I like the role and I think the Director did a great job getting the dramatic effect from me, although at the time I didn't realize that. I thought I would act in a more formal manner, like a conventional medical examiner, but Herzog's direction was essential in making me more of a dramatic and expressive actor.
2. Did Mr. Herzog give you any special instructions on how to tell the tale of Mr. Treadwell's last moments? Your delivery was vivid and dramatic, and I was curious about the context of that scene.
Yes, his direction emphasized the depth of Treadwell's personality and confusion between his being the man of nature and almost "becoming"the bear. Treadwells' choosing of his fate by transgressing from thes afety of the observing human to (almost) becoming the bear was suggested.
3. What lessons can be learned from the film and Mr. Treadwell's experiences depicted therein?
Lessons include the fact that Nature, especially in the Alaskan wilderness, can become very unforgiving, and the hunter can quickly become the hunted. Another lesion is the fate of going for a ride with the forces of a strong seductive personality like Treadwell's, and being dragged into an impossible situation that can't be controlled (Ms. [Huguenard].)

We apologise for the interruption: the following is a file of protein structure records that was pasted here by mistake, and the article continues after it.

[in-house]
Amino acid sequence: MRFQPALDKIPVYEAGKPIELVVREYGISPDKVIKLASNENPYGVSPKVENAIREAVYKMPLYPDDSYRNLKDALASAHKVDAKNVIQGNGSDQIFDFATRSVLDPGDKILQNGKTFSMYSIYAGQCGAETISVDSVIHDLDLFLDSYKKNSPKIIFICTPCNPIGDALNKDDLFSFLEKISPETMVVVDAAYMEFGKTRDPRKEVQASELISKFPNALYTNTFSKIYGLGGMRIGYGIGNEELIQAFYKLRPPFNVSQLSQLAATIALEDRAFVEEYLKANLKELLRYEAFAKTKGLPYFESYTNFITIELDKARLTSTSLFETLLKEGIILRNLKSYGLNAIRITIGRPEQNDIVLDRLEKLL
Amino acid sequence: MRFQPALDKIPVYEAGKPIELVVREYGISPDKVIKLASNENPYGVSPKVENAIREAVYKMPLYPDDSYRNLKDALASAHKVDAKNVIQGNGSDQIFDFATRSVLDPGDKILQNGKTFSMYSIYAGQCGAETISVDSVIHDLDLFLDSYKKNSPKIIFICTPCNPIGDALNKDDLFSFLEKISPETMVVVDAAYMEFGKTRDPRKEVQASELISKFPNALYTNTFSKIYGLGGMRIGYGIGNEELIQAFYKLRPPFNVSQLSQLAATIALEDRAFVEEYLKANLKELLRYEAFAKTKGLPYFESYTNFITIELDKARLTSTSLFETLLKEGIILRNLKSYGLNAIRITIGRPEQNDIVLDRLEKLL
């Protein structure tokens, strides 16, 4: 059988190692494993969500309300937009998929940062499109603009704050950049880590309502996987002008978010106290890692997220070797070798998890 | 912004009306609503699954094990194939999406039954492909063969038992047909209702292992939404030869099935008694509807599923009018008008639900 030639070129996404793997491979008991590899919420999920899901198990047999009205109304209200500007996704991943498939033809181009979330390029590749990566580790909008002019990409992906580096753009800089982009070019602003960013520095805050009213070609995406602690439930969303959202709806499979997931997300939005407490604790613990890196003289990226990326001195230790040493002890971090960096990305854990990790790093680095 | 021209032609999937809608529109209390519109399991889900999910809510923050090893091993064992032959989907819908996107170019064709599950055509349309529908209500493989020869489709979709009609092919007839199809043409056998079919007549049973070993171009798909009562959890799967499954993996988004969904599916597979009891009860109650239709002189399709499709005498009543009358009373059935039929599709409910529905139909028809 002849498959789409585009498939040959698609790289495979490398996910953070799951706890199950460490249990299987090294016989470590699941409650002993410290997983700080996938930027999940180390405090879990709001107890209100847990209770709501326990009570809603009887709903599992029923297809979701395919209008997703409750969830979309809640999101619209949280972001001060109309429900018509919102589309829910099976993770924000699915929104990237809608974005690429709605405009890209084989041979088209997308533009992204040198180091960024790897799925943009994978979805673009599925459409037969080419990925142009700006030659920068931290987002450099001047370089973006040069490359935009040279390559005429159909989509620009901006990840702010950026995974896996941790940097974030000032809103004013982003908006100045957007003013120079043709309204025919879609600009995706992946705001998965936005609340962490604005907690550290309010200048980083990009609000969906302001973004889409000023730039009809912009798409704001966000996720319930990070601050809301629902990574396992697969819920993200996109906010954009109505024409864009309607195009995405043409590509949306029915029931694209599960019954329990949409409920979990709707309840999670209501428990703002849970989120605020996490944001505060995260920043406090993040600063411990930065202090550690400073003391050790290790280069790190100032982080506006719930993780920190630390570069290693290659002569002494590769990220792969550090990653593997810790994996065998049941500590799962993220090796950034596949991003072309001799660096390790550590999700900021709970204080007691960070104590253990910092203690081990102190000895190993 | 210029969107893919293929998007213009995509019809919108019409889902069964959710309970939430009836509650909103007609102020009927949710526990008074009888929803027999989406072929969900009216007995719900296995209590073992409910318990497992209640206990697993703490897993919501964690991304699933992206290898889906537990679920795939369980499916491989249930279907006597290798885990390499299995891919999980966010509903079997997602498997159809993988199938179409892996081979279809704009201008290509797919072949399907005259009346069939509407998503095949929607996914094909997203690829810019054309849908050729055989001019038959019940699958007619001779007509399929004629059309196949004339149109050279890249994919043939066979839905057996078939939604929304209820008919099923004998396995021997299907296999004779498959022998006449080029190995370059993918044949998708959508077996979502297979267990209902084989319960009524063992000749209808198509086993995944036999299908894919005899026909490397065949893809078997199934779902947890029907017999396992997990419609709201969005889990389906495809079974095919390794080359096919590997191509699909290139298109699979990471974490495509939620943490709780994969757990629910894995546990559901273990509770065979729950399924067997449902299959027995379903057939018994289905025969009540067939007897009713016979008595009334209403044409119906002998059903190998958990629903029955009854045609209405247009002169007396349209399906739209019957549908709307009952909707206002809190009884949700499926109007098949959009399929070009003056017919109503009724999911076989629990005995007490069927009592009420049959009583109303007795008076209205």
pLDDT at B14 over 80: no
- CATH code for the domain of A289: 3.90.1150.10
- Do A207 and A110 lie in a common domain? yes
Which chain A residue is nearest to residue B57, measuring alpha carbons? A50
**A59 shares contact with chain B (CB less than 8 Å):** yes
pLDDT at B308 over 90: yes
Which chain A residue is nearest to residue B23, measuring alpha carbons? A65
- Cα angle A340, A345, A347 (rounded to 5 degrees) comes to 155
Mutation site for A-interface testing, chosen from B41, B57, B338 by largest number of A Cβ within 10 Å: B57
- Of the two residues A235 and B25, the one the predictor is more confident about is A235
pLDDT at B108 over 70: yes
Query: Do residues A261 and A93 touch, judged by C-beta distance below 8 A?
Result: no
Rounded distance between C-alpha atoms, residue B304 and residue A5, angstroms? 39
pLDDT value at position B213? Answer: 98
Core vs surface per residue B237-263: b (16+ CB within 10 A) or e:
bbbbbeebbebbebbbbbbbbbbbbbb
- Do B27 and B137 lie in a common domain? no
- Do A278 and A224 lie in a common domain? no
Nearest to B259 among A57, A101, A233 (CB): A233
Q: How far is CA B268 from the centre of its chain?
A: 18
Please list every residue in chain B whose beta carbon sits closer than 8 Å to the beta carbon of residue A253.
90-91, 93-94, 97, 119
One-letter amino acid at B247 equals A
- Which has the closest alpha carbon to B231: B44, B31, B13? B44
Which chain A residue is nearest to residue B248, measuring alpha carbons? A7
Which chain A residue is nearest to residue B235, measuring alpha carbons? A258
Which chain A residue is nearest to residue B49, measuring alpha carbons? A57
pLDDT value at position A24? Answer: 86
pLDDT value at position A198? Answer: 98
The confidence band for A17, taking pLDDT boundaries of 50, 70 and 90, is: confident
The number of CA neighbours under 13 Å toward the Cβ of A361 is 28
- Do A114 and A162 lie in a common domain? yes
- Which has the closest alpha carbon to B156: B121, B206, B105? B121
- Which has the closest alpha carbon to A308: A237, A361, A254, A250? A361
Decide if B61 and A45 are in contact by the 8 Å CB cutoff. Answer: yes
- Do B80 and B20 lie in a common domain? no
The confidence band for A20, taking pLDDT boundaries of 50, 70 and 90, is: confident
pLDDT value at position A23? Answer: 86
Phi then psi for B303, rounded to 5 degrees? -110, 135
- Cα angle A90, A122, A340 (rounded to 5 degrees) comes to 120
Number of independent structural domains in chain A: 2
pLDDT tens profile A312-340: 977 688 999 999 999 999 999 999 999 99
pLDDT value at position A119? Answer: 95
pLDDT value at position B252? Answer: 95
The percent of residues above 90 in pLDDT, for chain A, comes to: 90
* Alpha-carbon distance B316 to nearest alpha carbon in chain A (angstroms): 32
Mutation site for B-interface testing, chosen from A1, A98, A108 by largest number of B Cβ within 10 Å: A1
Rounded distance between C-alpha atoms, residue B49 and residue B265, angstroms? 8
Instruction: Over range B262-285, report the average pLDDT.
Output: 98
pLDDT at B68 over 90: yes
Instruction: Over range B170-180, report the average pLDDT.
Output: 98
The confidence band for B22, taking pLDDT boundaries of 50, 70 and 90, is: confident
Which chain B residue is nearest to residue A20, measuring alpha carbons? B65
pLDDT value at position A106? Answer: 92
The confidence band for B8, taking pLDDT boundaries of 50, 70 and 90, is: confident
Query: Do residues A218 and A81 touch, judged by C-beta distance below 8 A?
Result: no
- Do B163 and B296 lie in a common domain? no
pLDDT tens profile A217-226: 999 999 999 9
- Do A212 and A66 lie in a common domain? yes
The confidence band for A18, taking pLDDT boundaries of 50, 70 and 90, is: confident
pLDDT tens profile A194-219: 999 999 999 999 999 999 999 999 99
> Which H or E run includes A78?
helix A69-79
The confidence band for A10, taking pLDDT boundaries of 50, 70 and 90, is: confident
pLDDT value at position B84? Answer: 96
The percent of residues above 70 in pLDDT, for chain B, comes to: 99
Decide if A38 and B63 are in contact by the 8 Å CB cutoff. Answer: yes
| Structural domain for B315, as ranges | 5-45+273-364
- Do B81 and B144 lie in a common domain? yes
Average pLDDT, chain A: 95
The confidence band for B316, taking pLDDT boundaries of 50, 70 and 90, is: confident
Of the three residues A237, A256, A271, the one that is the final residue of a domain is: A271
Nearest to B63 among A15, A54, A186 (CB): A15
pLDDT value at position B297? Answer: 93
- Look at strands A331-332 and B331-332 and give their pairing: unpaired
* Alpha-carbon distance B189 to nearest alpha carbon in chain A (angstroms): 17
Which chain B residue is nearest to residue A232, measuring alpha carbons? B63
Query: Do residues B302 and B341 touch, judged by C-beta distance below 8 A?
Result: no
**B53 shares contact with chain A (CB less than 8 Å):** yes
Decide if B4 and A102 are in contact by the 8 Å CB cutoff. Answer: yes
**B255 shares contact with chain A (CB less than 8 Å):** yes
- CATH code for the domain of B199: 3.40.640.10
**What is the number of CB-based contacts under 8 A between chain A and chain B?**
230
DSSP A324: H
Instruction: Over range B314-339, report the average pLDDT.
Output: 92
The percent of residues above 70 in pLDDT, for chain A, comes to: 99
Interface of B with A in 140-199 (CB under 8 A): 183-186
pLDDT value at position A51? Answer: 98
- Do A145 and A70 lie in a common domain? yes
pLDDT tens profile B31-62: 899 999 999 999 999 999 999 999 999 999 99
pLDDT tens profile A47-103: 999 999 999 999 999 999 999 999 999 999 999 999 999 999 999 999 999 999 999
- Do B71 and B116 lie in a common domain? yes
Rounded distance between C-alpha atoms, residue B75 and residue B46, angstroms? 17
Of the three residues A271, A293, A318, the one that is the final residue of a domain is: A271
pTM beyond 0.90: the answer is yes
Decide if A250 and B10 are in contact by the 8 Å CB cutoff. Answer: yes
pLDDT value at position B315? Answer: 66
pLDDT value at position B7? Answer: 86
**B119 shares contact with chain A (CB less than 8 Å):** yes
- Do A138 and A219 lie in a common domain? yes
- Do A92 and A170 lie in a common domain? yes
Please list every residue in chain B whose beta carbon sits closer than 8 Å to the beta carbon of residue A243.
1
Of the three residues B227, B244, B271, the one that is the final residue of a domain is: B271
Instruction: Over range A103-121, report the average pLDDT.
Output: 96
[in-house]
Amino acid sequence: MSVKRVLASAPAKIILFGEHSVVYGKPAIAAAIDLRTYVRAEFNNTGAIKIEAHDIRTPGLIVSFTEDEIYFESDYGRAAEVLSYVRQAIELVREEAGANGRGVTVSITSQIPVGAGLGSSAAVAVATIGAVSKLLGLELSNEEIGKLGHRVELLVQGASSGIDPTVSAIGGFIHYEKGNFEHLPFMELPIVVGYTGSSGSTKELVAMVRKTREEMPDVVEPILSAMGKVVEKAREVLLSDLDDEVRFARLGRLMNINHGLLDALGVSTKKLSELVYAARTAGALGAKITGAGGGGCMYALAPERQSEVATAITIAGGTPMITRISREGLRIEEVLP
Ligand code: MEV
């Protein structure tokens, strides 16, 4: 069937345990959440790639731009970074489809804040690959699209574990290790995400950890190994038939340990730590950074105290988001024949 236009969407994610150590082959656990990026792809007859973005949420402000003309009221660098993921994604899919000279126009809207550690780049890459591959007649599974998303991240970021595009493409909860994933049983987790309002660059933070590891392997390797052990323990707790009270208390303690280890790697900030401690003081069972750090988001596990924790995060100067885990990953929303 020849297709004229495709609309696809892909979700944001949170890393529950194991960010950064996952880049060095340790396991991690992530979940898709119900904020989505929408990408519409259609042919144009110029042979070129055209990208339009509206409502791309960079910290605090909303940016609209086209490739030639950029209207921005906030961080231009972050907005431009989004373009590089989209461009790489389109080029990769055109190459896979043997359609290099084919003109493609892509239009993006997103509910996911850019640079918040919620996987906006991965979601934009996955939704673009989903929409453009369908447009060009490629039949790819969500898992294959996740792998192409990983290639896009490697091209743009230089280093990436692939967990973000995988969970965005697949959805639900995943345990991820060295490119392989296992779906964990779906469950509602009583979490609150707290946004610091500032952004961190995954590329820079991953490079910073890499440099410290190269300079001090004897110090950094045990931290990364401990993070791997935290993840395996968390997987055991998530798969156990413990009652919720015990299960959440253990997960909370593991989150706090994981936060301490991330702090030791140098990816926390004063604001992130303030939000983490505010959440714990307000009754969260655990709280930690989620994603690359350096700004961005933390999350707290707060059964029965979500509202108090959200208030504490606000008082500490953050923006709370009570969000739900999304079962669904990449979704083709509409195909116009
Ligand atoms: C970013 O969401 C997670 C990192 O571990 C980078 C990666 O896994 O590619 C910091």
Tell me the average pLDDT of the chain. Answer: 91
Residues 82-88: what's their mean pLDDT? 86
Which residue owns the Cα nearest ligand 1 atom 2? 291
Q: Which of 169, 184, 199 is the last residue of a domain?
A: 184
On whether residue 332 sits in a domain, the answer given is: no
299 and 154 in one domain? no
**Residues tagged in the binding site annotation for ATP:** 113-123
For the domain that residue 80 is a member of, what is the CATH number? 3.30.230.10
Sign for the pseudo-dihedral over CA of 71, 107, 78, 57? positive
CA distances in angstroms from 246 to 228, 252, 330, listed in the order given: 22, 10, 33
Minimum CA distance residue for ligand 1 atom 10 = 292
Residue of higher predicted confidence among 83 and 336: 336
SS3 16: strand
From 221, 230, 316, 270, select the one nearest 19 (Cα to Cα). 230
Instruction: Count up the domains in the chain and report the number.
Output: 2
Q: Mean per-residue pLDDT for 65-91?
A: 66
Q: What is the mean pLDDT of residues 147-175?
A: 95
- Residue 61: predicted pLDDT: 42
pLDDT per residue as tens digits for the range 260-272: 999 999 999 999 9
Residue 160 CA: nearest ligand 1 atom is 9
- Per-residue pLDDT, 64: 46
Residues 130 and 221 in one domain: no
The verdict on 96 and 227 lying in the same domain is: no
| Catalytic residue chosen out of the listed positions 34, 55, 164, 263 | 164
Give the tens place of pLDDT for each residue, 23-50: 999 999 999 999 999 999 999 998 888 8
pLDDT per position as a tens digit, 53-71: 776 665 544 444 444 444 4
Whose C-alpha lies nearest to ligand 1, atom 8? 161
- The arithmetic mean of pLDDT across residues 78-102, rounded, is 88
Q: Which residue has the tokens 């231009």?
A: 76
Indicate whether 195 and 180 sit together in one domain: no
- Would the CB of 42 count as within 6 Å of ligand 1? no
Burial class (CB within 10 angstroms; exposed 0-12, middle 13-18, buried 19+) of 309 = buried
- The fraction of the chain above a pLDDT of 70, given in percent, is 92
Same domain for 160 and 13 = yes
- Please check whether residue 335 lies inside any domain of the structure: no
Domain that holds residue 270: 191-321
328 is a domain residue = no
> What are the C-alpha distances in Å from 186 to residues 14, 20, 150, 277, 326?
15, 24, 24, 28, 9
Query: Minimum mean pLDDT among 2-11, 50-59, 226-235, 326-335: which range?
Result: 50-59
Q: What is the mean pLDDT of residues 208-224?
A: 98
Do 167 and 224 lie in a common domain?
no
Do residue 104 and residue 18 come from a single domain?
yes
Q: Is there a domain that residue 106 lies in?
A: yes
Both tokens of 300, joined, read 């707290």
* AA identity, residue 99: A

4. Finally, do you believe that Ms. Pavolak, Mr. Treadwell's former girlfriend and the current owner of the audio tape which captured Mr. Treadwell's death, should heed Mr. Herzog's advice and destroy it?
No, I don't think she should destroy the tape. The tape is awful but its mere possession is not sinful or wrong in any way. It is my understanding that the tape was somehow put on the Internet, so it's out there anyway. I have no information about that, and I certainly did not do it. Don't know who did.
It appears that Herzog coached Dr. Fallico to tell the tale of Treadwell's death in the fashion that he did. While this may be a mechanism of reaching some semblance of truth, it seems apparent that Dr. Fallico would not have shared his knowledge in that fashion without prompting by the documentarian.